Some patients have had success with the CeQur delivery system, cross between a patch and pump. If you have issues getting this medication through insurance, visit this website for guidance:

TransCon PTH: (palopegteriparatide) by Ascendis Pharma is an investigational long-acting PTH replacement injection. It is open for Expanded Access Program (EAP) with hopeful FDA approval by April 30, 2023 and drug distribution by mid-second quarter. For more information on the EAP, visit

Patients must stop all other PTH replacement immediately upon starting TransCon PTH. Titrating/overlapping medications causes a dangerous and uncomfortable side effect called Hungry Bone Syndrome (prolonged hypocalcemia).

NATPARA: (Takeda Pharma) The only FDA approved PTH replacement was recalled in the US on September 5, 2019. I’m a lucky patient who, along with around 400 others, was able to continue receiving medication through the Special Use Program. As of the 2024, NATPARA–including the special use program–will be discontinued globally. Natpara will not be returning to market.

For more information about current and future drug therapies, check out the 2022 conference section of  (Note: I’m really excited to learn more about Amolyt Pharma’s new drug that’s in Phase II trials)
For all of Dr. Mannstadt’s research during the Natpara Recall, visit:

Do you have supplement suggestions?

Every person with hypopara may need different supplements, including different formulations. Some patients do best with calcium carbonate, while others do better with calcium citrate. 

The main things to look for with supplements:

  1. How many pills do you need to take to reach the strength your doctor suggested? It can be 1 pill or multiple pills. Ask a pharmacist or doctor if you’re struggling to read the bottle
  2. What are the inactive ingredients? Some supplements add in things like zinc and copper which should not be taken in large doses. Others may have fillers like lactose, which doesn’t work for people following a dairy-free or vegan diet. 
  3. Are the supplements third party tested? Supplements like Orthomolecular are third party tested to make sure you’re getting exactly what the label says.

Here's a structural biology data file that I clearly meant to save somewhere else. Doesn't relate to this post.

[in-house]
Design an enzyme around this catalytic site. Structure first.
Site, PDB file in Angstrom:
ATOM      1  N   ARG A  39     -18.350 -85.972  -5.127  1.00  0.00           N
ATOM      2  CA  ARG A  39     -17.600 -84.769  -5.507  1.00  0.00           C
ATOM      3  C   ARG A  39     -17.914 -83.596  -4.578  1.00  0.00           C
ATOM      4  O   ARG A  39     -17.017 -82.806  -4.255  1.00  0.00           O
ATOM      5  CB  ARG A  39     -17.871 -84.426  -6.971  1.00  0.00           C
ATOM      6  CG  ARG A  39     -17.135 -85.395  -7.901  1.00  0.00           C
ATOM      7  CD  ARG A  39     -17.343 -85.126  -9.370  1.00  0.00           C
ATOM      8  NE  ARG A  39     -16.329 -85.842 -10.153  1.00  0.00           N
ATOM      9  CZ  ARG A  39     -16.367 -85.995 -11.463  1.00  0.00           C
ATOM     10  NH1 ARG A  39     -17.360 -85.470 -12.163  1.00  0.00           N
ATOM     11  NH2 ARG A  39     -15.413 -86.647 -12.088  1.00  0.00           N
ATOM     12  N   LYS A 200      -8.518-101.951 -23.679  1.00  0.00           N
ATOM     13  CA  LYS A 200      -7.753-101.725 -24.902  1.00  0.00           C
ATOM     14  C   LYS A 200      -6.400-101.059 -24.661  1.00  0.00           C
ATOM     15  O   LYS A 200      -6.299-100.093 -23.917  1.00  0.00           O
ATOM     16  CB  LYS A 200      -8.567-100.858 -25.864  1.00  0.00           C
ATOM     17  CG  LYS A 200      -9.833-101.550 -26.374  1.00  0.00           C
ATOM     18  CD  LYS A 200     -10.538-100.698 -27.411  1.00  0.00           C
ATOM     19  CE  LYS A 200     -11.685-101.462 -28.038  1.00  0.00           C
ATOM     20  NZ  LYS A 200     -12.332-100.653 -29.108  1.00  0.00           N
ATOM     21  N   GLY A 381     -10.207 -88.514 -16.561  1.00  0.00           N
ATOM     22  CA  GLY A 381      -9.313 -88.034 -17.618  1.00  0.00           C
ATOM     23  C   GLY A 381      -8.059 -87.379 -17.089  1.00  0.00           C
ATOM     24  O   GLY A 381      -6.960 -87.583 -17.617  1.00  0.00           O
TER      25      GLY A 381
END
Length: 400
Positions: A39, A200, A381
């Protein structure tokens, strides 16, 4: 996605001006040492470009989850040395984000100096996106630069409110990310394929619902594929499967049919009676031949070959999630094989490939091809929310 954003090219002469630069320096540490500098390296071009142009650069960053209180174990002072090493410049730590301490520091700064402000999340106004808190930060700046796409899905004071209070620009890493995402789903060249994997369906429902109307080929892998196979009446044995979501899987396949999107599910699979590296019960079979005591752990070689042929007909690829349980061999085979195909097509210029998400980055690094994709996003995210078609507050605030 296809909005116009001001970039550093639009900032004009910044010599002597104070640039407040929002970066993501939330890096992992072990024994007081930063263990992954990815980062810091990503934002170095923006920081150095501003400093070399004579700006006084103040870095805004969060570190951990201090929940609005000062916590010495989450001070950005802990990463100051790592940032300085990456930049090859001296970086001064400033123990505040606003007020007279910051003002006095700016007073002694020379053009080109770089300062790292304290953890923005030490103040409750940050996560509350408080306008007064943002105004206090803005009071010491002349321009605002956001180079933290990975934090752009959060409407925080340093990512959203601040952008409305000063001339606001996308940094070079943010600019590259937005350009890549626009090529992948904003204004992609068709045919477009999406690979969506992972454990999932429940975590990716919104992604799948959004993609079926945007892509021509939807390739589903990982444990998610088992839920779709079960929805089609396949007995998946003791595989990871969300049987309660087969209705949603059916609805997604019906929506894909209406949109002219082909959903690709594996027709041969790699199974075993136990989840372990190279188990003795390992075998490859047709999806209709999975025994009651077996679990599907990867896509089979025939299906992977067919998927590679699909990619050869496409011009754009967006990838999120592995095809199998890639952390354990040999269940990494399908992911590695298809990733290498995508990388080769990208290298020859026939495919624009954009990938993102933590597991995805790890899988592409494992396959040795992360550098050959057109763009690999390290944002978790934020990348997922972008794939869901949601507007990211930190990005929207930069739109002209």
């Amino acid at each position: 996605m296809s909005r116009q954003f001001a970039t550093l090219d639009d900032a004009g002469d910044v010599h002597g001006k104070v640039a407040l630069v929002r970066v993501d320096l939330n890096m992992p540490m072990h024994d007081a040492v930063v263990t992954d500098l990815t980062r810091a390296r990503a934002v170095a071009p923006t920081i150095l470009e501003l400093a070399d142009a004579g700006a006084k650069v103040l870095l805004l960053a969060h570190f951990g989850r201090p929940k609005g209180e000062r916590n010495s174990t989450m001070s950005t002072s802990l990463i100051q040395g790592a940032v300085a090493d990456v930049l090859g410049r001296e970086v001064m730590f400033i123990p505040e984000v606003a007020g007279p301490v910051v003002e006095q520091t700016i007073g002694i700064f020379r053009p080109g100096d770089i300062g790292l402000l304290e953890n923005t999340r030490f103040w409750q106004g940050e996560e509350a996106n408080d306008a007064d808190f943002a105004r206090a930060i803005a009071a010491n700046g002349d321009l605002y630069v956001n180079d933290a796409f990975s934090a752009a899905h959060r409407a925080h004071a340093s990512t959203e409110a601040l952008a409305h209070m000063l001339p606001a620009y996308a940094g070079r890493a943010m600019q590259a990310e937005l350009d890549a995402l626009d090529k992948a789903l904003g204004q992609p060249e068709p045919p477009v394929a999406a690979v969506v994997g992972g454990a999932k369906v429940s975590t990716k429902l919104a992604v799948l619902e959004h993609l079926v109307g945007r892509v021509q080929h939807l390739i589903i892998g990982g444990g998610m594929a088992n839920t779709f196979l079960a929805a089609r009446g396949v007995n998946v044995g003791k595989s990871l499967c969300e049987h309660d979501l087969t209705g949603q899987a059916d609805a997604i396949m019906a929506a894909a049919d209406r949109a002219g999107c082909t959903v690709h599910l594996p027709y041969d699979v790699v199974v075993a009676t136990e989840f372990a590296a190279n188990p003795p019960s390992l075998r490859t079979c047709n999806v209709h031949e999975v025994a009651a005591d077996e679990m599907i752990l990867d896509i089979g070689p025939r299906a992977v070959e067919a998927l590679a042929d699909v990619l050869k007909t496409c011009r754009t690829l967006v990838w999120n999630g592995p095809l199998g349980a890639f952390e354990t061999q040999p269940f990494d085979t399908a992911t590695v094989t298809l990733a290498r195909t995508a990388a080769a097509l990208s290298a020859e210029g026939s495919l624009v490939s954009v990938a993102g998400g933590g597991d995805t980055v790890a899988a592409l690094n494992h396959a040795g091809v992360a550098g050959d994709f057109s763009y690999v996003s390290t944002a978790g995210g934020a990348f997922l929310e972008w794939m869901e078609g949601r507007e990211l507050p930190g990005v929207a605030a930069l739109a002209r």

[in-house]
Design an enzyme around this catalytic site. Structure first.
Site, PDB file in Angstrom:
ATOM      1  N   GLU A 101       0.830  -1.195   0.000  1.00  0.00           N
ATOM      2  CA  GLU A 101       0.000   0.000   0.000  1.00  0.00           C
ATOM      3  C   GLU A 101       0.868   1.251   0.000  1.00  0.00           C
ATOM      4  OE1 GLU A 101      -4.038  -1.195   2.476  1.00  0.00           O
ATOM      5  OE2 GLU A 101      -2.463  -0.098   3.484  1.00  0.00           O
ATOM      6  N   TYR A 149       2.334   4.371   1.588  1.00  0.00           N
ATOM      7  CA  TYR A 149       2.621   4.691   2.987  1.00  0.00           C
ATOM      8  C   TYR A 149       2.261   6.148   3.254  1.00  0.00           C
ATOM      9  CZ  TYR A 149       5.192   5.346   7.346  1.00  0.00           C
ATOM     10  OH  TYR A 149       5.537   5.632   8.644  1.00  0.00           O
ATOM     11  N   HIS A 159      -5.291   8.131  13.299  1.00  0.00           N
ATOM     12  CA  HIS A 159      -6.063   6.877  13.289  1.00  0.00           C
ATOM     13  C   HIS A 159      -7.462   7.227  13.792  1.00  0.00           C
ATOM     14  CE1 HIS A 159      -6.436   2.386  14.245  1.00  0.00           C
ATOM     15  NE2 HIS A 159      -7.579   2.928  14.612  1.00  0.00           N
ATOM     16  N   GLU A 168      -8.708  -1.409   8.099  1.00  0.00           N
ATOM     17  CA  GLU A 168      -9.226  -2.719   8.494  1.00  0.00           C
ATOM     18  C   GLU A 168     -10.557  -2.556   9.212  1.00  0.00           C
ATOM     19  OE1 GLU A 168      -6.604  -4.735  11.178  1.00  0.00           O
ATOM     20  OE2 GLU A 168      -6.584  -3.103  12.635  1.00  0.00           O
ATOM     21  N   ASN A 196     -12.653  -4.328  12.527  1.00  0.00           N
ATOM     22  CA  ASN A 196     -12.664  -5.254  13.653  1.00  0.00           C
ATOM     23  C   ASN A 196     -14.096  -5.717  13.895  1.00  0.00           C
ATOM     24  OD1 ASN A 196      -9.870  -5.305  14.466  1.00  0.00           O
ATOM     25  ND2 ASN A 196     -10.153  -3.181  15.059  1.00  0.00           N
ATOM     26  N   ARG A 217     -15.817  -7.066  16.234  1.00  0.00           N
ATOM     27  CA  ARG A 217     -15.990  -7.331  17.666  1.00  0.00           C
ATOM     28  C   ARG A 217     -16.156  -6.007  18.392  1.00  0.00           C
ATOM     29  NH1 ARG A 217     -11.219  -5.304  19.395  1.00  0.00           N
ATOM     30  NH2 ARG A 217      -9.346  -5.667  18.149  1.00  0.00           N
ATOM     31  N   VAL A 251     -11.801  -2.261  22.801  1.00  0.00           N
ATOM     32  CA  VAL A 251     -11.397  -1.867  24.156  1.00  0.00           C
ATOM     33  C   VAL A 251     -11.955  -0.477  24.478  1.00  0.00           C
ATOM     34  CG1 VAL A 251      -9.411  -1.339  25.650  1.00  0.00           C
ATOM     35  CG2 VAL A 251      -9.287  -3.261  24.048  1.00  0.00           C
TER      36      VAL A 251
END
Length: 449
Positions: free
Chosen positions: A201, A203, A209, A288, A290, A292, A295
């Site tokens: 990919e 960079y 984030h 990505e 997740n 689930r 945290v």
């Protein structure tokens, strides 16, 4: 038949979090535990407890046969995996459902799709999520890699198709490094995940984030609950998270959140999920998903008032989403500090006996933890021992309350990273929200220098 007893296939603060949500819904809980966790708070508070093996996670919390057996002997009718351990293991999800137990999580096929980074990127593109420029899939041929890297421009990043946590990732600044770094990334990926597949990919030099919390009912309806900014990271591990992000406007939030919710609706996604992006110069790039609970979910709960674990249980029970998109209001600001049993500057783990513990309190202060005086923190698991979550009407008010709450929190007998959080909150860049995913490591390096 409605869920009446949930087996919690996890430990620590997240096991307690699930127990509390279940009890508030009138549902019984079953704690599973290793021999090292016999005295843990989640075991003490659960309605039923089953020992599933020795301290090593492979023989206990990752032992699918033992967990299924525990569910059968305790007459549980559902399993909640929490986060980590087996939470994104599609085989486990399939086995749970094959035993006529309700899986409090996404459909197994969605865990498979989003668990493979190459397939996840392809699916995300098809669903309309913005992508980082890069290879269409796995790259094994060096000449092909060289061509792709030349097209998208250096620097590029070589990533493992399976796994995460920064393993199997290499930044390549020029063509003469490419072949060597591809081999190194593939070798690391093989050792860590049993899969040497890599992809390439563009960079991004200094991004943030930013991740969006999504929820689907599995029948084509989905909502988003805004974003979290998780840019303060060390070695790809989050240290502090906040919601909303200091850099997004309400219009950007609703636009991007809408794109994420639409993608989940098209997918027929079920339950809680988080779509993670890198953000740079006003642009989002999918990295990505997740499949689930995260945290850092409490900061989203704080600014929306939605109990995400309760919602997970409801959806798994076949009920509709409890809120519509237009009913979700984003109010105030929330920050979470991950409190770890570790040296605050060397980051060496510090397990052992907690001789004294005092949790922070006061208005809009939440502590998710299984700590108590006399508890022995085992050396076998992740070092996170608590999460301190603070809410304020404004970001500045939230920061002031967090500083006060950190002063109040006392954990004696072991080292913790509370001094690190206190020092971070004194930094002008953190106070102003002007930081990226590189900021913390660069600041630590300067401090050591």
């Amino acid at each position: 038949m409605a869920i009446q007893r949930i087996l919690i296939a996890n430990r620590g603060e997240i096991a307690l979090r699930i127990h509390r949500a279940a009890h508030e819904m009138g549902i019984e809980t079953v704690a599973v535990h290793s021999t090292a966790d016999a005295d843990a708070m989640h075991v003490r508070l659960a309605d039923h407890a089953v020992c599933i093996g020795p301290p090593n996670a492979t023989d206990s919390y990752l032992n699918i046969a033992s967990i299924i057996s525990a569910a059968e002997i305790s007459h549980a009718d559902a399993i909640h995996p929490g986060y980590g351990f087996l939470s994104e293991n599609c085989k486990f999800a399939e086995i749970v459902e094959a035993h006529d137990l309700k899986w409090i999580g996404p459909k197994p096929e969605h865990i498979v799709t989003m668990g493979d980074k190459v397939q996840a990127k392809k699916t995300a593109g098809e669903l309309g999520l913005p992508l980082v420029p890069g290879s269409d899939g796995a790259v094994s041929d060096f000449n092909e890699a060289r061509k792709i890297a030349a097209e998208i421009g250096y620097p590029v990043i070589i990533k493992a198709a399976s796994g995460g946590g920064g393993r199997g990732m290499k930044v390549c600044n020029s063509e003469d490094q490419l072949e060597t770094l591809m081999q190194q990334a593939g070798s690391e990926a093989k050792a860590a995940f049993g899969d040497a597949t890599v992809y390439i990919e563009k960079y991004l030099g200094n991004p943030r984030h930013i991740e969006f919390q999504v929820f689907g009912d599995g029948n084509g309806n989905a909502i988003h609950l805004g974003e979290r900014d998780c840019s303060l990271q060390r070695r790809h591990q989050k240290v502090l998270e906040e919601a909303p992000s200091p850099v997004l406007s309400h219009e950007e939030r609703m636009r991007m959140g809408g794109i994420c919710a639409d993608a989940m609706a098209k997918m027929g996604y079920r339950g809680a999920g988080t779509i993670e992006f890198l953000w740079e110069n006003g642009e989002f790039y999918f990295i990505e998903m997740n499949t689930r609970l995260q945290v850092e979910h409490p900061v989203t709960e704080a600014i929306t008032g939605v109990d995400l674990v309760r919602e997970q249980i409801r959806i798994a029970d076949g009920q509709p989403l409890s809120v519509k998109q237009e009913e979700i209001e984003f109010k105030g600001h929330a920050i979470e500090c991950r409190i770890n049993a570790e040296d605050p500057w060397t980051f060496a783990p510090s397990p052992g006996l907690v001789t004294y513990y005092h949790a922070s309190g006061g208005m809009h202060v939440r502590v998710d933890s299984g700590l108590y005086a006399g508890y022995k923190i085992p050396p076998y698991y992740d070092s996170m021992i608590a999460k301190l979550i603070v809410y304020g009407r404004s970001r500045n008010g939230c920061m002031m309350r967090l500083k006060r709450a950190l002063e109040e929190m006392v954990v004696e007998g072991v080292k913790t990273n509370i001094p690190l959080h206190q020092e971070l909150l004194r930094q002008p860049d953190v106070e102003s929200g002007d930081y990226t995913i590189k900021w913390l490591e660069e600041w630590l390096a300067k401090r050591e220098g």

When in doubt, ask your doctor, pharmacist, or visit your local vitamin store. I get my supplements from a local specialty pharmacy that I use to compound some of my prescriptions, as I’m allergic to dairy. 

For calcium, I take Citrical petite. I take the petite because the regular strength has added minerals that should not be taken in large doses. I also keep Nature Made Calcium gummies on hand for emergencies when I’m unable to swallow a pill.

I travel with a powered calcium citrate/vitamin D packet by Fit Formula in case of emergency. There are also chewable tablets available as well. 

Should I wear a medical bracelet?

While it’s up to each individual person, I strongly suggest yes! Also, in an emergency, the team will look in your purse/wallet/phone. Make sure to carry a medical card that explains hypopara, your medications, your doctor’s information, and your emergency contact. It’s a good idea to also have your current medications and any allergies listed.

If you’re in the US, my favorite place to get medical bracelets is Lauren’s Hope. They’re cute, affordable, and have a good size tag. If you’re not sure what to put on your tag, Lauren’s Hope can help guide you, and it’s a good idea to also check with your doctor.

What’s on my tag? Since many people don’t know what hypopara is, I have hypocalcemia listed. My tag reads:
Heather, Hypocalcemia
1MG/KG Calcium IV
Use epi-pen/inhaler 
Emergency contact name and number

On my cellphone screen, I use an app called Lockscreen to add text that reads:
Hypopara–medical bracelet
Emergency contact name and number

I have an iPhone, and I keep the health information up-to-date so it can be accessed in the emergency screen. I also utilize the medication log in the health app. Every time I take any medication, I log it. 


Am I at risk of getting hypopara?

Likely not, unless you have neck surgery or a family history of nonsurgical calcium/parathyroid disorders. The occurrence rate in the US population is 0.0002%Purple background with blue shapes and white text. Occurrence rate 75k patients in the US have hypopara. 41k of those have moderate to severe disease aka 0.0002% of the us population

Do you use mobility aids?

Yes! The mobility aid depends on the outing and how I feel. I can do short bursts of energy and walking without an aid on good days. On other days, I use everything from a cane to a rollator to a wheelchair. 

My favorite mobility aid is the Rollz Motion Performance. It’s a combination rollator (walker with wheels) and wheelchair. While expensive, it’s perfect for my needs. 


What are some other things that affect hypopara?